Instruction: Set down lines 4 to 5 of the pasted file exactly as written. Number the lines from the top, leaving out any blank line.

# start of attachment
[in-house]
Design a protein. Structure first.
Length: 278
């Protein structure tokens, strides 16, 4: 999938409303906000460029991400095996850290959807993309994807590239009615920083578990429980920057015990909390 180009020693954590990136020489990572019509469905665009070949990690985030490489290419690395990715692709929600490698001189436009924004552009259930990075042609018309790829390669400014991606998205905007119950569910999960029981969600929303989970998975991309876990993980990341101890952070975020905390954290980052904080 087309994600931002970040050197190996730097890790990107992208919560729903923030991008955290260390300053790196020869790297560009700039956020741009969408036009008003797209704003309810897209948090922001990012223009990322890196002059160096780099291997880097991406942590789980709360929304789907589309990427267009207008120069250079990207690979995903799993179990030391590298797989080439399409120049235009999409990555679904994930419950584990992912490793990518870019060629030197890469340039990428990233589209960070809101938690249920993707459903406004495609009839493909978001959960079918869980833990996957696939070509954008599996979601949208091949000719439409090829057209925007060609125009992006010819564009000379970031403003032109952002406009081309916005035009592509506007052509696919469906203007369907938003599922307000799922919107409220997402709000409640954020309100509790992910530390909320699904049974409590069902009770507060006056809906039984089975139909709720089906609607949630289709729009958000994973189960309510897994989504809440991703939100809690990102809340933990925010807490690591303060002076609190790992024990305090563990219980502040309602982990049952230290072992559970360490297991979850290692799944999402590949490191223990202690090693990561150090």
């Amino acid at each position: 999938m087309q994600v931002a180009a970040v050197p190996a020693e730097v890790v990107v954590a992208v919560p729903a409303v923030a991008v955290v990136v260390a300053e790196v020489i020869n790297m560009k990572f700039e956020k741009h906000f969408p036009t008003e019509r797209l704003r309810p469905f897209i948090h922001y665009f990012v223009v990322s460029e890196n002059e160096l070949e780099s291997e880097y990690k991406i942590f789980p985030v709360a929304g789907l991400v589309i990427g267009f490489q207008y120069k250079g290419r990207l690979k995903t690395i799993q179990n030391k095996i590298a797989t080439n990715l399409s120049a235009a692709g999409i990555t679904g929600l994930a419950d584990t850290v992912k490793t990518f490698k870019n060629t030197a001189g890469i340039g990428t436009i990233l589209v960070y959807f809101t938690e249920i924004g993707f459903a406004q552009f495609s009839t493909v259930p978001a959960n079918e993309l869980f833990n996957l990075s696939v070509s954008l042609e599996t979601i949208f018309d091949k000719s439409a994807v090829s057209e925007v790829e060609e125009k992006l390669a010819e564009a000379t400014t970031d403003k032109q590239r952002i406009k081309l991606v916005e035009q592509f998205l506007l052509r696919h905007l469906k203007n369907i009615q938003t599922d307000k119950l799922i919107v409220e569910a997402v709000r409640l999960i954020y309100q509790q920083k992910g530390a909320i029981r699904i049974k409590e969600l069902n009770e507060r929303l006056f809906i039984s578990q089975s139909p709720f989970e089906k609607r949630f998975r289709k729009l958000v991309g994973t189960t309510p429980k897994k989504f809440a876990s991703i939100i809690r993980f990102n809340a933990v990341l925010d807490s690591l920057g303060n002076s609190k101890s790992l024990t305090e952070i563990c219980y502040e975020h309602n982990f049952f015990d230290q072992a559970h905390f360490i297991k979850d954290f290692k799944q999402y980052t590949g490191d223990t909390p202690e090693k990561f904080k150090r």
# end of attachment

């Protein structure tokens, strides 16, 4: 999938409303906000460029991400095996850290959807993309994807590239009615920083578990429980920057015990909390 180009020693954590990136020489990572019509469905665009070949990690985030490489290419690395990715692709929600490698001189436009924004552009259930990075042609018309790829390669400014991606998205905007119950569910999960029981969600929303989970998975991309876990993980990341101890952070975020905390954290980052904080 087309994600931002970040050197190996730097890790990107992208919560729903923030991008955290260390300053790196020869790297560009700039956020741009969408036009008003797209704003309810897209948090922001990012223009990322890196002059160096780099291997880097991406942590789980709360929304789907589309990427267009207008120069250079990207690979995903799993179990030391590298797989080439399409120049235009999409990555679904994930419950584990992912490793990518870019060629030197890469340039990428990233589209960070809101938690249920993707459903406004495609009839493909978001959960079918869980833990996957696939070509954008599996979601949208091949000719439409090829057209925007060609125009992006010819564009000379970031403003032109952002406009081309916005035009592509506007052509696919469906203007369907938003599922307000799922919107409220997402709000409640954020309100509790992910530390909320699904049974409590069902009770507060006056809906039984089975139909709720089906609607949630289709729009958000994973189960309510897994989504809440991703939100809690990102809340933990925010807490690591303060002076609190790992024990305090563990219980502040309602982990049952230290072992559970360490297991979850290692799944999402590949490191223990202690090693990561150090």
């Amino acid at each position: 999938m087309q994600v931002a180009a970040v050197p190996a020693e730097v890790v990107v954590a992208v919560p729903a409303v923030a991008v955290v990136v260390a300053e790196v020489i020869n790297m560009k990572f700039e956020k741009h906000f969408p036009t008003e019509r797209l704003r309810p469905f897209i948090h922001y665009f990012v223009v990322s460029e890196n002059e160096l070949e780099s291997e880097y990690k991406i942590f789980p985030v709360a929304g789907l991400v589309i990427g267009f490489q207008y120069k250079g290419r990207l690979k995903t690395i799993q179990n030391k095996i590298a797989t080439n990715l399409s120049a235009a692709g999409i990555t679904g929600l994930a419950d584990t850290v992912k490793t990518f490698k870019n060629t030197a001189g890469i340039g990428t436009i990233l589209v960070y959807f809101t938690e249920i924004g993707f459903a406004q552009f495609s009839t493909v259930p978001a959960n079918e993309l869980f833990n996957l990075s696939v070509s954008l042609e599996t979601i949208f018309d091949k000719s439409a994807v090829s057209e925007v790829e060609e125009k992006l390669a010819e564009a000379t400014t970031d403003k032109q590239r952002i406009k081309l991606v916005e035009q592509f998205l506007l052509r696919h905007l469906k203007n369907i009615q938003t599922d307000k119950l799922i919107v409220e569910a997402v709000r409640l999960i954020y309100q509790q920083k992910g530390a909320i029981r699904i049974k409590e969600l069902n009770e507060r929303l006056f809906i039984s578990q089975s139909p709720f989970e089906k609607r949630f998975r289709k729009l958000v991309g994973t189960t309510p429980k897994k989504f809440a876990s991703i939100i809690r993980f990102n809340a933990v990341l925010d807490s690591l920057g303060n002076s609190k101890s790992l024990t305090e952070i563990c219980y502040e975020h309602n982990f049952f015990d230290q072992a559970h905390f360490i297991k979850d954290f290692k799944q999402y980052t590949g490191d223990t909390p202690e090693k990561f904080k150090r």